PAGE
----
Conquest of Southern Syria: Battle of al-QaryataynAl-Qaryatayn, Syria
Battle of al-Qaryatayn was a minor battle between the Ghassanid Arab allies of the Byzantine empire, and the Rashidun Caliphate army. It was fought after Khalid ibn Walid had conquered Tadmur in Syria. His army marched to al-Qaryatayn, the inhabitants of which resisted the Muslims. They were fought, defeated and plundered.
Battle of BosraBosra, Syria
Abu Ubaida ibn al-Jarrah, the supreme commander of the Muslim armies in Syria, had ordered Shurhabil ibn Hasana to attack Bosra. The latter laid siege to Bosra with his small army of 4000. The Roman and Ghassanid Arab garrison, realizing that this might be the advance guard of the larger Muslim army to come, sallied out of the fortified city and attacked Shurhabil, surrounding him from all sides; however, Khalid reached the arena with his cavalry and saved Shurhabil. The combined forces of Khalid, Shurhabil, and Abu Ubaidah then resumed the siege of Bosra, which surrendered some time in mid-July 634 CE, effectively ending the Ghassanid Dynasty.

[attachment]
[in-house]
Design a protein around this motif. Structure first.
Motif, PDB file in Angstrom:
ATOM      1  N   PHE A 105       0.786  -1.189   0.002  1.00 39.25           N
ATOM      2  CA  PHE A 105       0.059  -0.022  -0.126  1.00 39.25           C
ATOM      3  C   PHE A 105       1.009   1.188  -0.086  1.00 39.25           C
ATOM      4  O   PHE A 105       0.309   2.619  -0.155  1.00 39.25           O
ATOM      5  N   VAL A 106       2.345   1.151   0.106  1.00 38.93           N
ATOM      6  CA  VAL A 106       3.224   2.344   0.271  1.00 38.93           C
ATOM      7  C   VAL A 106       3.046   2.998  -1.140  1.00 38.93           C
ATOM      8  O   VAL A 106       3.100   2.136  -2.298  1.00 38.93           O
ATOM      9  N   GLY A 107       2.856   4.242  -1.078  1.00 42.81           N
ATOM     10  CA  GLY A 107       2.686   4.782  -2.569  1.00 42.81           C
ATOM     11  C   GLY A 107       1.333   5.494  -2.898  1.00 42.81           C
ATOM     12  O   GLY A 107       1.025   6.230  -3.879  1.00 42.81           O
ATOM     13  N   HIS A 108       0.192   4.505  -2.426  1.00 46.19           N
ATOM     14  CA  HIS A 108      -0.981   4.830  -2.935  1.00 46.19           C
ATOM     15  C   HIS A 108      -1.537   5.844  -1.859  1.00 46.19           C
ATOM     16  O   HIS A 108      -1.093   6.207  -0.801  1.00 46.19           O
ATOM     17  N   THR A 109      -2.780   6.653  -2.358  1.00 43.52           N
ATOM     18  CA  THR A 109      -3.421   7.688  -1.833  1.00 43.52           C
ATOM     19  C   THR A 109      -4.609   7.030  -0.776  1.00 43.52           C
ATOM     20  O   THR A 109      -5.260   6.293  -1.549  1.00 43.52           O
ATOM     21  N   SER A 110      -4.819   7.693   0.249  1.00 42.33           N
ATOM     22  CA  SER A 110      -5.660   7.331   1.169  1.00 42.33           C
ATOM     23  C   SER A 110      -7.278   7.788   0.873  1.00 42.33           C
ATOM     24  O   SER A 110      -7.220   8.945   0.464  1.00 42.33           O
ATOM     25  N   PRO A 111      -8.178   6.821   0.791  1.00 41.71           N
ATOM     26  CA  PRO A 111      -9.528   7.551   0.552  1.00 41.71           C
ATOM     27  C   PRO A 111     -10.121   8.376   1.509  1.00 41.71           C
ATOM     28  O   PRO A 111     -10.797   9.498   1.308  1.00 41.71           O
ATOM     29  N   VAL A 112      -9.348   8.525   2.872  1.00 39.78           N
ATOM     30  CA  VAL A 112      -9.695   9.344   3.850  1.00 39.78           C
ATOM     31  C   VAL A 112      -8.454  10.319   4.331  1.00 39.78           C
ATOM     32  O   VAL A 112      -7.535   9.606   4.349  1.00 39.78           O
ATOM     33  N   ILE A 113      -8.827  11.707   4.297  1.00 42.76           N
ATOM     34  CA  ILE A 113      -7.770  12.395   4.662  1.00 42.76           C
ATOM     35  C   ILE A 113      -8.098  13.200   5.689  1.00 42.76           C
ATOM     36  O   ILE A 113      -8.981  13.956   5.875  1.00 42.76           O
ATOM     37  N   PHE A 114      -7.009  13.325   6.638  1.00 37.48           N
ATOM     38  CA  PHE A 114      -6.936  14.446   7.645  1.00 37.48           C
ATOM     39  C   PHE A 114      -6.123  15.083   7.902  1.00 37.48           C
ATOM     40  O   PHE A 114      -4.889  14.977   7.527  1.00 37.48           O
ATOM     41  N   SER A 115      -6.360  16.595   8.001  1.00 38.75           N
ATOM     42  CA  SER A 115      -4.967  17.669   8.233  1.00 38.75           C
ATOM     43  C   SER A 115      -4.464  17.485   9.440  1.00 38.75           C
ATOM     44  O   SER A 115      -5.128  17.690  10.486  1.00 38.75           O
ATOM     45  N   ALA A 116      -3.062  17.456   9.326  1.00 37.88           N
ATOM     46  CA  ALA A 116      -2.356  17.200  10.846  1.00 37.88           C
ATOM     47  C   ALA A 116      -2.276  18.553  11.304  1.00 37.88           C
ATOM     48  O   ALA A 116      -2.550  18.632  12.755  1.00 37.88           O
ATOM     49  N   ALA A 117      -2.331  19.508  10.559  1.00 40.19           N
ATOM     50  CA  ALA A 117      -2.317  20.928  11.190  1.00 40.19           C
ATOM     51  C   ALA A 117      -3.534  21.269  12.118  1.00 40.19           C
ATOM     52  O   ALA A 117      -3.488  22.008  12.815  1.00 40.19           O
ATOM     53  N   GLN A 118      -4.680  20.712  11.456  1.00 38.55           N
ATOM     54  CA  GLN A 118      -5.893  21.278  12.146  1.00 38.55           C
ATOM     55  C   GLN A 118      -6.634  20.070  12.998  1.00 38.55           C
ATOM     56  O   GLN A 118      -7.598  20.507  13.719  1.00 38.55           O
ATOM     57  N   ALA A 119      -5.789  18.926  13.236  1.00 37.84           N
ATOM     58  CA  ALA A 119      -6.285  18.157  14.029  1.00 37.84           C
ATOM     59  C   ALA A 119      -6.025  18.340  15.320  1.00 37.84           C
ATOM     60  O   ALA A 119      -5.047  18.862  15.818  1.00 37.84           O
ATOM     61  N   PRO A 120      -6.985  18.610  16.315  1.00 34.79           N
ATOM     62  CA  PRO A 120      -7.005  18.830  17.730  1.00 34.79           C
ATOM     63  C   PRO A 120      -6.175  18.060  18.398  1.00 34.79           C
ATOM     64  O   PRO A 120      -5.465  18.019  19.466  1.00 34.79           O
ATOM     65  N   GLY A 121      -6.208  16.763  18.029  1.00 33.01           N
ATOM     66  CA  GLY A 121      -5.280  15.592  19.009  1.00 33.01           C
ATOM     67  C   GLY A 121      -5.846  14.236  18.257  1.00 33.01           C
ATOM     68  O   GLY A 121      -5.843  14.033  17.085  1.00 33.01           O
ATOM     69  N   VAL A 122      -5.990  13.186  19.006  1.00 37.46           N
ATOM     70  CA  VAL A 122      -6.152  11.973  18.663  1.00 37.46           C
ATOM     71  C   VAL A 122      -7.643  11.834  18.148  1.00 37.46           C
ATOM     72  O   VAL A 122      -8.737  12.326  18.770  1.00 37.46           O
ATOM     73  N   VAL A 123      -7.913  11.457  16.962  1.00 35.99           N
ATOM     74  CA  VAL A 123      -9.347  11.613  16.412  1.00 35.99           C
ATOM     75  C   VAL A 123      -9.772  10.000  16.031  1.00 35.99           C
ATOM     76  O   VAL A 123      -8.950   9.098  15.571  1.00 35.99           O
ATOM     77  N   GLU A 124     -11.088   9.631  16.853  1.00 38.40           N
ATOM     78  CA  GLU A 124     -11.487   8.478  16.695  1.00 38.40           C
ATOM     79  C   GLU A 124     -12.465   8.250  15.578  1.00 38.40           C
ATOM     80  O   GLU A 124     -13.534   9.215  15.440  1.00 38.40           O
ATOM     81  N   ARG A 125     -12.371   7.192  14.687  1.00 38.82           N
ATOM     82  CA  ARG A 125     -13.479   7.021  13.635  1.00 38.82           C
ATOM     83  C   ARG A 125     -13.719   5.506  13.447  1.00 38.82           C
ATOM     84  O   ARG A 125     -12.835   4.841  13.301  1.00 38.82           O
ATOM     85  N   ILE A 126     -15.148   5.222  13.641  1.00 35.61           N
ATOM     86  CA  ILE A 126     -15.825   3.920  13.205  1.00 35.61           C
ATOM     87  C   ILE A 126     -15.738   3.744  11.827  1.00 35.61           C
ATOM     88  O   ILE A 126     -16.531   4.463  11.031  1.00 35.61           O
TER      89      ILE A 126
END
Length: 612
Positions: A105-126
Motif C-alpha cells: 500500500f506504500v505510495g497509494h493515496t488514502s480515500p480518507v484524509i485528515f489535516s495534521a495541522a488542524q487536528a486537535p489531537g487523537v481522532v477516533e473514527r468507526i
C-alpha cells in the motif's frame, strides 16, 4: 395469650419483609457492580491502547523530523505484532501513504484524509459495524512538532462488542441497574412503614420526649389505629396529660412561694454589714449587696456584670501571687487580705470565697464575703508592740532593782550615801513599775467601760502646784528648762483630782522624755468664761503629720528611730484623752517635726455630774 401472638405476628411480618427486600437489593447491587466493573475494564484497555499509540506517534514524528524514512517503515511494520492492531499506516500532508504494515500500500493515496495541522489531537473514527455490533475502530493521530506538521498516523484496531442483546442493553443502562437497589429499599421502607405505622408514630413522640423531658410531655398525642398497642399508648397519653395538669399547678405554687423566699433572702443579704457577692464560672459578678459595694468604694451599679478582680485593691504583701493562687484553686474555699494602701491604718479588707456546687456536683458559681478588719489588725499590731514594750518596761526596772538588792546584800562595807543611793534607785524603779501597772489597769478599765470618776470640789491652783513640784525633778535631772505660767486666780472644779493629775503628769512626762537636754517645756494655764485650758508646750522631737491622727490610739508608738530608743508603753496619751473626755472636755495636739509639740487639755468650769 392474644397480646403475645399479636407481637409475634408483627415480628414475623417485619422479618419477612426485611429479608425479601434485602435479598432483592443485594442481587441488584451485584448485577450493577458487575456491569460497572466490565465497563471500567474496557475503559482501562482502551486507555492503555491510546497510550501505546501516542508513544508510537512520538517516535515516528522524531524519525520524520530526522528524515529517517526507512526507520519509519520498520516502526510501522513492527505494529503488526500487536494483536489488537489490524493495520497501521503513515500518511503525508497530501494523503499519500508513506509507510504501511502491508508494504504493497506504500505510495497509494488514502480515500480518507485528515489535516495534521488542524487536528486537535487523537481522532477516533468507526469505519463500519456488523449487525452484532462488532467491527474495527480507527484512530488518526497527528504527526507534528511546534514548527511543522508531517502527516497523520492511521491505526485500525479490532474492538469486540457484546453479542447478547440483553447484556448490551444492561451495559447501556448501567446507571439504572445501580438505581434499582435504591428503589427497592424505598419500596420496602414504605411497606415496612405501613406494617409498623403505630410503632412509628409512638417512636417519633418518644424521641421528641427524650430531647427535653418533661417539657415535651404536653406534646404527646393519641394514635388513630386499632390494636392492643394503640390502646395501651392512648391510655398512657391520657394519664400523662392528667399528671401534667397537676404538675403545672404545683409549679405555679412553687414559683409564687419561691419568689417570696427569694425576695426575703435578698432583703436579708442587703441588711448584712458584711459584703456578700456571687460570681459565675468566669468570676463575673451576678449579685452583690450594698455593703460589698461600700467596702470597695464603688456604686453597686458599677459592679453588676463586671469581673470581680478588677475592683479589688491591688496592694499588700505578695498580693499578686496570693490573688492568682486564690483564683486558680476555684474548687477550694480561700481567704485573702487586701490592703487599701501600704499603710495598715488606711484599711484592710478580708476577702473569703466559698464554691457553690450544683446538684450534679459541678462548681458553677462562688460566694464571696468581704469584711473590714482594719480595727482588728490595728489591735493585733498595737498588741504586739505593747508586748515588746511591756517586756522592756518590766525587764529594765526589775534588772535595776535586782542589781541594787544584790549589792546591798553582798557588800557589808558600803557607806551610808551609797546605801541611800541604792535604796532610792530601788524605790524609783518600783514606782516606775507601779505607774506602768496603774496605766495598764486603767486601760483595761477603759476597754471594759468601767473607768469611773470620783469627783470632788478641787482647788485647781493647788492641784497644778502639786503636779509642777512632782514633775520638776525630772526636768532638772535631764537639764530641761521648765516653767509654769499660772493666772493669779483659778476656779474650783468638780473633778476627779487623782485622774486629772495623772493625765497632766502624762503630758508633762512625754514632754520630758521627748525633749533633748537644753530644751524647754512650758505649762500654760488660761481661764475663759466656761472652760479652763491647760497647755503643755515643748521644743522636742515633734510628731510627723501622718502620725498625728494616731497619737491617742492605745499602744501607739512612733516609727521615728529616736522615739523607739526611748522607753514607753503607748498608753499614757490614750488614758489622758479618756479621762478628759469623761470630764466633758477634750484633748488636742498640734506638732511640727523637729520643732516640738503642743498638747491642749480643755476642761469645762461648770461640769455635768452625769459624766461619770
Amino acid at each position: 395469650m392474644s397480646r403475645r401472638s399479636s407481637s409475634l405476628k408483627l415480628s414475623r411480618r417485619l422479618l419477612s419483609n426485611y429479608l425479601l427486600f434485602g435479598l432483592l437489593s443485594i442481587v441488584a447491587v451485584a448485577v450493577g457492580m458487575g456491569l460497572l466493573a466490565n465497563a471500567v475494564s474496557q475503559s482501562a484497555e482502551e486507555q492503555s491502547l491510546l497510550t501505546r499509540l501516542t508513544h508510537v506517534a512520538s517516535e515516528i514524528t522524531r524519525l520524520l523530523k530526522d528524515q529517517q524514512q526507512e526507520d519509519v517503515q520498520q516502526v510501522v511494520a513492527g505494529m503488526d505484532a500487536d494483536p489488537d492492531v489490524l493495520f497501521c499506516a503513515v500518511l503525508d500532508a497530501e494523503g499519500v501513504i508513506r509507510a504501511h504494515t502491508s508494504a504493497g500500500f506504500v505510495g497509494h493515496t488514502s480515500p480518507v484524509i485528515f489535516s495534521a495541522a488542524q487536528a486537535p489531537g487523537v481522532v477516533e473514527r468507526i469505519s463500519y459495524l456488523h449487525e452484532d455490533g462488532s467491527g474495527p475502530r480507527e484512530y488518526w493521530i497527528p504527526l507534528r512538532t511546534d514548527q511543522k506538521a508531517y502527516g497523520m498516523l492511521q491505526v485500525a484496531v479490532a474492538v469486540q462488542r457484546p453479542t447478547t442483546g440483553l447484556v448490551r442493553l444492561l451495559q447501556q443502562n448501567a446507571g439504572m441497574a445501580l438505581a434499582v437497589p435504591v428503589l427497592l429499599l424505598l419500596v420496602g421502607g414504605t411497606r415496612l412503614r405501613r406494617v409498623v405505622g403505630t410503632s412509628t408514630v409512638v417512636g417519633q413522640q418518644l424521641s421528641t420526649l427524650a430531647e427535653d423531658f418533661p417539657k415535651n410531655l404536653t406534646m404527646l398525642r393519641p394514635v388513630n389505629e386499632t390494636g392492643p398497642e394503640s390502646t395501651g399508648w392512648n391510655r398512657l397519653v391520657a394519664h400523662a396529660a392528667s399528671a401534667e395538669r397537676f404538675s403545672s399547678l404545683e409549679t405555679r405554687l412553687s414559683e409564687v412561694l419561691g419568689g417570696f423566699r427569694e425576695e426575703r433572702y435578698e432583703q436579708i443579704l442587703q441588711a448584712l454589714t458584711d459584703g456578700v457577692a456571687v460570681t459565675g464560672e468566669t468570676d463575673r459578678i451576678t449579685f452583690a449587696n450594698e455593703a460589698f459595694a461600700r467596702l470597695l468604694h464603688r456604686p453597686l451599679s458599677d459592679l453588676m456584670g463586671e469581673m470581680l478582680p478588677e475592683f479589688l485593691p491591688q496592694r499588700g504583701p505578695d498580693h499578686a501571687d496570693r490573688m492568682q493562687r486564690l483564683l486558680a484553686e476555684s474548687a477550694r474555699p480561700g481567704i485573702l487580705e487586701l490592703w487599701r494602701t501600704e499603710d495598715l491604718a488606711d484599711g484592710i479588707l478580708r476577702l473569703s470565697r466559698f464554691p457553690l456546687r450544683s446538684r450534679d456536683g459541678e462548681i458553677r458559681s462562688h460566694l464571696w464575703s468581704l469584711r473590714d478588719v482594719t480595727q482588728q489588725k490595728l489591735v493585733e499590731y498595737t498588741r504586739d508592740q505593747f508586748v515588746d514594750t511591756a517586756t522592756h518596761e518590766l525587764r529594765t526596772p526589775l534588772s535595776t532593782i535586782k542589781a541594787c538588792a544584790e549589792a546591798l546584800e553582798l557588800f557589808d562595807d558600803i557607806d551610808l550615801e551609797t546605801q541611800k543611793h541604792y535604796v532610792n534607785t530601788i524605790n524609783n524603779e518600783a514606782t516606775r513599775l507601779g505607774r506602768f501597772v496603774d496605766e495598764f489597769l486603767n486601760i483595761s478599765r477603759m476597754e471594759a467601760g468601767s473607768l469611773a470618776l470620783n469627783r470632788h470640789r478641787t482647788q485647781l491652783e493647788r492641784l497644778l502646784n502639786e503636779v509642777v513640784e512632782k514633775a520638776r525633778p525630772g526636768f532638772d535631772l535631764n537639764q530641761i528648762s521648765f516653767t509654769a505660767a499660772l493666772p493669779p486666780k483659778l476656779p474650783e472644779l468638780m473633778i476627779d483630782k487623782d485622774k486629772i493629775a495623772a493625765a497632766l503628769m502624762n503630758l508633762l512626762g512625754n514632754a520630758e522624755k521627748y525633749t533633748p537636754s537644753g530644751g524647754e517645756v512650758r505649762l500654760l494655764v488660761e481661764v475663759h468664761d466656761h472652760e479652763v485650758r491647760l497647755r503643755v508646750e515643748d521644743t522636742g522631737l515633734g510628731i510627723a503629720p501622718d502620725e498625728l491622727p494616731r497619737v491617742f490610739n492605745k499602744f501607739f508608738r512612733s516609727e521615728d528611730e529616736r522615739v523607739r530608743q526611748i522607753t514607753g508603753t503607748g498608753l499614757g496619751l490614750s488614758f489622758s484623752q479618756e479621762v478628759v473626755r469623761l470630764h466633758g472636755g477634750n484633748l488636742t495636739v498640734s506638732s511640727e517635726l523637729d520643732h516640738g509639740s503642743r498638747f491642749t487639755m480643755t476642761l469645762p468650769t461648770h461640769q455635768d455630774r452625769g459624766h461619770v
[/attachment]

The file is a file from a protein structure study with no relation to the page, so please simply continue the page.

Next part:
Here Khalid took over the command of the Muslim armies in Syria from Abu Ubaidah, according to the instructions of the Caliph.
Battle of AjnadaynBeit Guvrin, Israel
The Battle of Ajnadayn was fought in July or August 634, in a location close to Beit Guvrin in present-day Israel; it was the first major pitched battle between the Byzantine (Roman) Empire and the army of the Arab Rashidun Caliphate. The result of the battle was a decisive Muslim victory. The details of this battle are mostly known through Muslim sources, such as the ninth-century historian al-Waqidi.
Battle of YaqusaSea of Galilee
The Battle of Yaqusa was a battle fought between the Byzantine and Rashidun armies. The Byzantine army was sent to delay the advance of the Arab army heading towards Damascus.
Battle of Marj al-SaffarKanaker, Syria